Ousted Sudanese leader Omar al Bashir appears in court to face charges of corruption and illegal possession of foreign currency, reports say.
Lieutenant General Abdel Fattah al Burhan says he was still ready to hand over power to an elected government, as the number of people killed since security forces stormed a protest camp in Khartoum rose to 60.
Sudanese security forces opened fire, torched tents as they cleared away the months-old sit-in that was demanding the military yield power to a civilian transitional body.
Sudan's main protest group blamed the violence on the Transitional Military Council (TMC), saying that it is part of a plan to violently clear the protests.
Sudan's Transitional Military Council has closed the Khartoum office of Qatari broadcaster Al-Jazeera, the station said on its website, adding that its staff members' work permits had also been withdrawn.
Protest leaders are calling for a general strike to take place on Tuesday and Wednesday this week, hoping to force the military to transfer power to a civilian-led authority.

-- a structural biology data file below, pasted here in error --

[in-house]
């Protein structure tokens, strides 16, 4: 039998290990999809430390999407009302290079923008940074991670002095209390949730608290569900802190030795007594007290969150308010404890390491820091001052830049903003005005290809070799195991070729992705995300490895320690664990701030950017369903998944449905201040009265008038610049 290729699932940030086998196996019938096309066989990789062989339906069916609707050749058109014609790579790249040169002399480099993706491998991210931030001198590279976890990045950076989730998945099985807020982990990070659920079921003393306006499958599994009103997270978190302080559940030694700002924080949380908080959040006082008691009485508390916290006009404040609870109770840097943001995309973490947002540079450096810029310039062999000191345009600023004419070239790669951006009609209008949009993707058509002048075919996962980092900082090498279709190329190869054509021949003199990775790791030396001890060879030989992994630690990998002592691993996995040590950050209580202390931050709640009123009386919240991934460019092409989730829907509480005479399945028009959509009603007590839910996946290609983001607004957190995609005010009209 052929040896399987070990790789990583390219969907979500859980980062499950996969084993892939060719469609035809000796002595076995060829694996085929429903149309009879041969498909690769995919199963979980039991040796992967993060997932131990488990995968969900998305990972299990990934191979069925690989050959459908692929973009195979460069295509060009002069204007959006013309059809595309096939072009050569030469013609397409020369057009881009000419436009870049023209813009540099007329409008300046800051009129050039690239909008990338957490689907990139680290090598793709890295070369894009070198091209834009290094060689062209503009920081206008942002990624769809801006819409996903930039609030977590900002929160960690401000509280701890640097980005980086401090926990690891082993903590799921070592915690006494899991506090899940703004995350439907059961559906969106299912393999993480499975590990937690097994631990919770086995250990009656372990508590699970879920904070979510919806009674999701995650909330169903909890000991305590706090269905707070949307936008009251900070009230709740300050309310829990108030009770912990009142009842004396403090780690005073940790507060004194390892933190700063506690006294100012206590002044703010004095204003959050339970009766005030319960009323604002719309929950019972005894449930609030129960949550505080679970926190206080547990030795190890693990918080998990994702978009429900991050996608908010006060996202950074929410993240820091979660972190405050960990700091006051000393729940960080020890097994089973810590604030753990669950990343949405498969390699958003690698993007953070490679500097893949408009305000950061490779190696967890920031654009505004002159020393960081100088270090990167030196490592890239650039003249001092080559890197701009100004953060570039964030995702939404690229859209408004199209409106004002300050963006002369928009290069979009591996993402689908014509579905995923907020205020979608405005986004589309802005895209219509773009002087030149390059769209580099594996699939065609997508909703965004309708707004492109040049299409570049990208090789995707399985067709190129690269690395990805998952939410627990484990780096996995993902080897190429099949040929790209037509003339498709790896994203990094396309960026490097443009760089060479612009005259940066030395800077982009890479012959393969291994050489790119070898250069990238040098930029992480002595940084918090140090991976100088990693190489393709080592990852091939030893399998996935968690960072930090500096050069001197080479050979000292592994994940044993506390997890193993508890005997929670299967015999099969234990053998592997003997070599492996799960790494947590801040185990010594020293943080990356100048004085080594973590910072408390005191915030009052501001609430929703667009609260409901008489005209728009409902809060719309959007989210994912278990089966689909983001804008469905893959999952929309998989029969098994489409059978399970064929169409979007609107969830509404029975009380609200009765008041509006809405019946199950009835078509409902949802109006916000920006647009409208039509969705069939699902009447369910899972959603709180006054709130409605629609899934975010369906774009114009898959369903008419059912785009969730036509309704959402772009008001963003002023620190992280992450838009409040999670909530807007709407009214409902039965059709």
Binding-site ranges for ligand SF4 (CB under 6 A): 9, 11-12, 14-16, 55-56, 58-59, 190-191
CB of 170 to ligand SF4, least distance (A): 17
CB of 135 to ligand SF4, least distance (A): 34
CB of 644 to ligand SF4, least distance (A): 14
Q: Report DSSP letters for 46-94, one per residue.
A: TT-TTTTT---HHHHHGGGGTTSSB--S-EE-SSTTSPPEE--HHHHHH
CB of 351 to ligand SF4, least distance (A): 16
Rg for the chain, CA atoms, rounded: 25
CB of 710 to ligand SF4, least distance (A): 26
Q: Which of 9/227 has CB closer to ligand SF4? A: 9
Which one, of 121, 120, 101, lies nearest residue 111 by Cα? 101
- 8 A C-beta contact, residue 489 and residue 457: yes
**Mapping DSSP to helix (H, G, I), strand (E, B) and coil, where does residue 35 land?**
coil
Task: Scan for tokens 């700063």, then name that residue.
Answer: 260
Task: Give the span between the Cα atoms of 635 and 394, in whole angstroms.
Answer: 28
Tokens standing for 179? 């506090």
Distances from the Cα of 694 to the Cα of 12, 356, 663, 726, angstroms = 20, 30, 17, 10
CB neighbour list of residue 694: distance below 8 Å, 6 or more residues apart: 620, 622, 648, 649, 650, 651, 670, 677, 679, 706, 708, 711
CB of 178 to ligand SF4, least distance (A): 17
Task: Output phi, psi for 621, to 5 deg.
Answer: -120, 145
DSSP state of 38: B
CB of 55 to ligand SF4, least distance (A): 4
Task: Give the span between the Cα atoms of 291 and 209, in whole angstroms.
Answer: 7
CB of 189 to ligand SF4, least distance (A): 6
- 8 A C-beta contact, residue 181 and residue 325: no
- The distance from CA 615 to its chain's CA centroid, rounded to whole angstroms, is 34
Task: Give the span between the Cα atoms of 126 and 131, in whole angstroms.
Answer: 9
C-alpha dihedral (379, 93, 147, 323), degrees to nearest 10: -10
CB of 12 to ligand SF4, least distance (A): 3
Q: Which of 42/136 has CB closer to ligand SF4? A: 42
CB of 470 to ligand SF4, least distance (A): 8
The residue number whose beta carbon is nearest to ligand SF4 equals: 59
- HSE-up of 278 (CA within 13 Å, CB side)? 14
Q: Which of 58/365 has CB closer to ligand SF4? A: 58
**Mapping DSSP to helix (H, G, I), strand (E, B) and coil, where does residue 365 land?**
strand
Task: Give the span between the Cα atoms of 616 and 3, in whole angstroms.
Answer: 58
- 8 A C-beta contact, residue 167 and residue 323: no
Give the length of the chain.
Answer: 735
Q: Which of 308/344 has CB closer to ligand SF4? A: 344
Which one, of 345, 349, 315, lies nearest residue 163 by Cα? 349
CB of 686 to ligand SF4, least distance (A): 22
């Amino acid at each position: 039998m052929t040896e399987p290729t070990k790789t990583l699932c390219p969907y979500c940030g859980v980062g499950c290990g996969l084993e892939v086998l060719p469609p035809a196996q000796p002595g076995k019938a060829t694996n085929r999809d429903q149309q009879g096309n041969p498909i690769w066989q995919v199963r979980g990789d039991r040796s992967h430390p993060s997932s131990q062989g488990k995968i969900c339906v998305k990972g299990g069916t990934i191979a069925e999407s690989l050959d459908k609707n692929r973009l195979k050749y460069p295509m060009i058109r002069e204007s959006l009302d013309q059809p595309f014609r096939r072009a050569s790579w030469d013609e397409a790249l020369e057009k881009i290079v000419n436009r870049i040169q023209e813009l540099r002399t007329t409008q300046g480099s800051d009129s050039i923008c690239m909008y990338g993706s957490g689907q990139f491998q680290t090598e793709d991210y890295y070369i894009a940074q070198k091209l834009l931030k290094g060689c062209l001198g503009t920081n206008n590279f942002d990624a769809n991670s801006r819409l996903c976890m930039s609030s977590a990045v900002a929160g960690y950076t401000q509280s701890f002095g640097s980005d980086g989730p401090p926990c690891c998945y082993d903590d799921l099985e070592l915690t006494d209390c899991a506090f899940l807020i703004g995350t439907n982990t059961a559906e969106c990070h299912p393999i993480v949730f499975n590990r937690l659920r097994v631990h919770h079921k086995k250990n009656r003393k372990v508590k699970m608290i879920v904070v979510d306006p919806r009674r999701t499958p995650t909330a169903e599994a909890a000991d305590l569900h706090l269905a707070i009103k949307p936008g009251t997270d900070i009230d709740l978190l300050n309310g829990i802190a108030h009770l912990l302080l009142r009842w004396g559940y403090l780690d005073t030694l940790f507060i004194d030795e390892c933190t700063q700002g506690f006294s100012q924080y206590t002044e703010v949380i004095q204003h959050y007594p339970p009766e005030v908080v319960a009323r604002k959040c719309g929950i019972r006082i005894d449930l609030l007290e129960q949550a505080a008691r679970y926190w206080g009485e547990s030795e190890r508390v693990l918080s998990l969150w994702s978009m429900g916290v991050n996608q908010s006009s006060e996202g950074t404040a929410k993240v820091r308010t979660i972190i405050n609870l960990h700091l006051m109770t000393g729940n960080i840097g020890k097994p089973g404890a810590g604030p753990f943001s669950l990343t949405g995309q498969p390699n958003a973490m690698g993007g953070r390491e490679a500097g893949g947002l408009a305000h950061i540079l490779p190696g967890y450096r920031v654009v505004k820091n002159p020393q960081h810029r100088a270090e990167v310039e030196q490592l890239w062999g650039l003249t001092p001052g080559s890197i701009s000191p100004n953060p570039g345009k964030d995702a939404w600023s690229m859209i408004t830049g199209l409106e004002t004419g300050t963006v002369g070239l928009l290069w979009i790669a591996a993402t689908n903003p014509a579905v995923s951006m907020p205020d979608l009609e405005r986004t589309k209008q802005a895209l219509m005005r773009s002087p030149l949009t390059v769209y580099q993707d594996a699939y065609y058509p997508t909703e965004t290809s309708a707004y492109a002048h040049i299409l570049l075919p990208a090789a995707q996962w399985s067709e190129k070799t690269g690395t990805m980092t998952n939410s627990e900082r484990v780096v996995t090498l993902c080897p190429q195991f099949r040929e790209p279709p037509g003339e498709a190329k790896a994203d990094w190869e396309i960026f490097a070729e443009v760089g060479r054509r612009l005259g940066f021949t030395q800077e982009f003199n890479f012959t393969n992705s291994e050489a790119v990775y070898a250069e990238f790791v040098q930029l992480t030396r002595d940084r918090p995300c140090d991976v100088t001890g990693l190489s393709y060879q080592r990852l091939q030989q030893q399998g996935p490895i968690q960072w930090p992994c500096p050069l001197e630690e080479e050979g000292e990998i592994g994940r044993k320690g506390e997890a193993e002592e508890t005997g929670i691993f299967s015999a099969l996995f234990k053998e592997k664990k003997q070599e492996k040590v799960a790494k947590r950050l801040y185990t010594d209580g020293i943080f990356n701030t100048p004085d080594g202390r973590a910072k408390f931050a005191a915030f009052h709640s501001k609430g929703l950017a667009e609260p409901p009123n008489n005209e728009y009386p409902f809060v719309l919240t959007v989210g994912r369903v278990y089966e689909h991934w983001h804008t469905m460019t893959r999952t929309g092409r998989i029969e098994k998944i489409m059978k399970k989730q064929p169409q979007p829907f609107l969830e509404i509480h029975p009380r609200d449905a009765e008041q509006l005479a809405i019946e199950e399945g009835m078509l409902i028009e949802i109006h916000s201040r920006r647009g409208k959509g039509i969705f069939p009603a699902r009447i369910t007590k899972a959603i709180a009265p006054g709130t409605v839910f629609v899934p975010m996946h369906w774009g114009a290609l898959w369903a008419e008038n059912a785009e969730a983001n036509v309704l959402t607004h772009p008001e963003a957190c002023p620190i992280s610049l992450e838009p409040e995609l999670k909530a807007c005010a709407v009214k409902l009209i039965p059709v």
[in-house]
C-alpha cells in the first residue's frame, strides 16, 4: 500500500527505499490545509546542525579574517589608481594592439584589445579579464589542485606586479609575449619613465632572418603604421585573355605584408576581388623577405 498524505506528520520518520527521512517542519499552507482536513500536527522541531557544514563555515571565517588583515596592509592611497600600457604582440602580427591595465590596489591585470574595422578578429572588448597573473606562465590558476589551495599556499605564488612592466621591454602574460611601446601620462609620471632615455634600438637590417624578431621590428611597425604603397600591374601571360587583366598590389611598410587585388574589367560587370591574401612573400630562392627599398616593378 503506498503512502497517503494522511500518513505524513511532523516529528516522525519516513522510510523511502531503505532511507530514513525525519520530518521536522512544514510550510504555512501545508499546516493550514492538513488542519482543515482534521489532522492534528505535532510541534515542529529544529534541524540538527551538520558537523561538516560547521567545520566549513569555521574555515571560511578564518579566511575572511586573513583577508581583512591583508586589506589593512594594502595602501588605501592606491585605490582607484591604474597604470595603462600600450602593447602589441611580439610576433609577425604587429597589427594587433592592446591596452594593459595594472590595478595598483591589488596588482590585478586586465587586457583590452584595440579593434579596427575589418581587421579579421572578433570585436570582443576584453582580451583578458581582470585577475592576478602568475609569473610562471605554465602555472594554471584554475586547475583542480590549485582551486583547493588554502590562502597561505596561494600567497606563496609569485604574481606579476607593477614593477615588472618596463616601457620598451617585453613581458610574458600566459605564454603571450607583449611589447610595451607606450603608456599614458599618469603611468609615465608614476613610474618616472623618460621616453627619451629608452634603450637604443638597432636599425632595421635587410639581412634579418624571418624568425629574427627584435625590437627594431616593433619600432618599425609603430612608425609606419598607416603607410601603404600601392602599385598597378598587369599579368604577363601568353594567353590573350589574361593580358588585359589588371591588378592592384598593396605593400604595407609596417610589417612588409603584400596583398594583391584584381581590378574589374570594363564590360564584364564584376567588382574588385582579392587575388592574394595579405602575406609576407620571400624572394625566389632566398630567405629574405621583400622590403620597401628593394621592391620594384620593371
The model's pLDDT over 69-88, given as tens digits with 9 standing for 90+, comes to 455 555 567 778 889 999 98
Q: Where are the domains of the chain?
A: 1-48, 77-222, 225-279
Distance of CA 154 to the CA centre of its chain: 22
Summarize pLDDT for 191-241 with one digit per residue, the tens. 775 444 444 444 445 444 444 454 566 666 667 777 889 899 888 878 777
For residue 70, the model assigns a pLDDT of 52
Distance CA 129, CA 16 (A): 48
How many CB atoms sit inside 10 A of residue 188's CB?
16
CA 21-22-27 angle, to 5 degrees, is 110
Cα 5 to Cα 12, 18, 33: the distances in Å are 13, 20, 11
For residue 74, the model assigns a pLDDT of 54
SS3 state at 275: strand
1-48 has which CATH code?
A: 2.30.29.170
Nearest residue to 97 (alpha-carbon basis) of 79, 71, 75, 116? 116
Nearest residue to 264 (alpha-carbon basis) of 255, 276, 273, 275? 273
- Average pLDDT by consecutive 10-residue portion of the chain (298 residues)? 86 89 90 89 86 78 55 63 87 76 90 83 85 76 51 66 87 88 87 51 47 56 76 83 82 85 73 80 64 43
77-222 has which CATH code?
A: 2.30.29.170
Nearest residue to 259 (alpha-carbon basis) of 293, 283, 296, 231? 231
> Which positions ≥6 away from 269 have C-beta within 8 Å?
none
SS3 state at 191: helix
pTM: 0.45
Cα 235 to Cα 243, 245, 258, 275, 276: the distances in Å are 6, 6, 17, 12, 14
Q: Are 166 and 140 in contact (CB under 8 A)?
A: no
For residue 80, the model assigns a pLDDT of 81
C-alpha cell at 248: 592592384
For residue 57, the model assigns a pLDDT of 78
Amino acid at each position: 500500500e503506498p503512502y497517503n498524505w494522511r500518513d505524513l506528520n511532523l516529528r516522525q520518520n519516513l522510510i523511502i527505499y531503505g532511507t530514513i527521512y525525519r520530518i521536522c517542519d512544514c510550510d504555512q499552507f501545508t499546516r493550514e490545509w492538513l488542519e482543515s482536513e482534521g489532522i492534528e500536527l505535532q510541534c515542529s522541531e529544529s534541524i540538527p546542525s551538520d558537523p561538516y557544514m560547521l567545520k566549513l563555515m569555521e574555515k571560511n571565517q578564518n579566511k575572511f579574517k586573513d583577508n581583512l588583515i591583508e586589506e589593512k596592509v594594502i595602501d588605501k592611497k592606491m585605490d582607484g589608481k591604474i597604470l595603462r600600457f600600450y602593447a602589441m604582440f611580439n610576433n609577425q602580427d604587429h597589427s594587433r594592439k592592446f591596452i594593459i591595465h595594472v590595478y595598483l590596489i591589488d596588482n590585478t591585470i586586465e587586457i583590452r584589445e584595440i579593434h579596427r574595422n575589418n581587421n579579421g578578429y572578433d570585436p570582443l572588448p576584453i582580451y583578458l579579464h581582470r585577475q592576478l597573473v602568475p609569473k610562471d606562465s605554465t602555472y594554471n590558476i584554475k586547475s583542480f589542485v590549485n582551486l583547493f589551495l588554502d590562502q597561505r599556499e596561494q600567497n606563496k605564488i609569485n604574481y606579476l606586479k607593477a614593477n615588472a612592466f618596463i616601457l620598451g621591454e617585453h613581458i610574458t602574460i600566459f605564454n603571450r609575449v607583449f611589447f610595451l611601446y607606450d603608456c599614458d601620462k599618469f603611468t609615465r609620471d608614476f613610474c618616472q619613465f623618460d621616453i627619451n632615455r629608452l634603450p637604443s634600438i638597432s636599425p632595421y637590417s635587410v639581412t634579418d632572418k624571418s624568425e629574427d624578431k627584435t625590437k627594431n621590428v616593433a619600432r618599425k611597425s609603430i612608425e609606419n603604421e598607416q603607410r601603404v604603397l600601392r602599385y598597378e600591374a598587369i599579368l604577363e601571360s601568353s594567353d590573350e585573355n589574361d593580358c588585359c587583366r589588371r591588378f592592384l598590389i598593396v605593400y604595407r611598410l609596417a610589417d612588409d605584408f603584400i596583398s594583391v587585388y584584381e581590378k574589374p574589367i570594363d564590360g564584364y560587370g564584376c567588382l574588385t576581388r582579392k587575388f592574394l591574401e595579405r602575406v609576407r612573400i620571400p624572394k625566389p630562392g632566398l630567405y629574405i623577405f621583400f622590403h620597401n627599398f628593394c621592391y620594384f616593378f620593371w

The opposition Umma Party, says it opposes the "preparations and timing" of the strike. However, it said authorities do not have the right to fire those who take part in the planned strike.
Talks between the protestors and Sudan's military rulers have been suspended over a disagreement over who should lead a new governing body – a civilian or a military official.
The deputy head of the military council, Gen. Mohammed Hamdan Dagalo, meanwhile said late Saturday that security forces have arrested those behind an attack on the protesters last week that killed at least five people, including an army officer.
Violence followed the prosecutor general's decision to charge ousted president Omar al Bashir over the killings of protesters during demonstrations that led to the end of his rule last month.
Talks on the protesters' key demand for a civilian-led body to oversee a four-year transition have been deadlocked for days, with the military insisting on holding a majority in any new ruling body.
Thousands of people remain camped outside the military headquarters in Khartoum nearly four weeks after the armed forces toppled autocratic president Omar al-Bashir.
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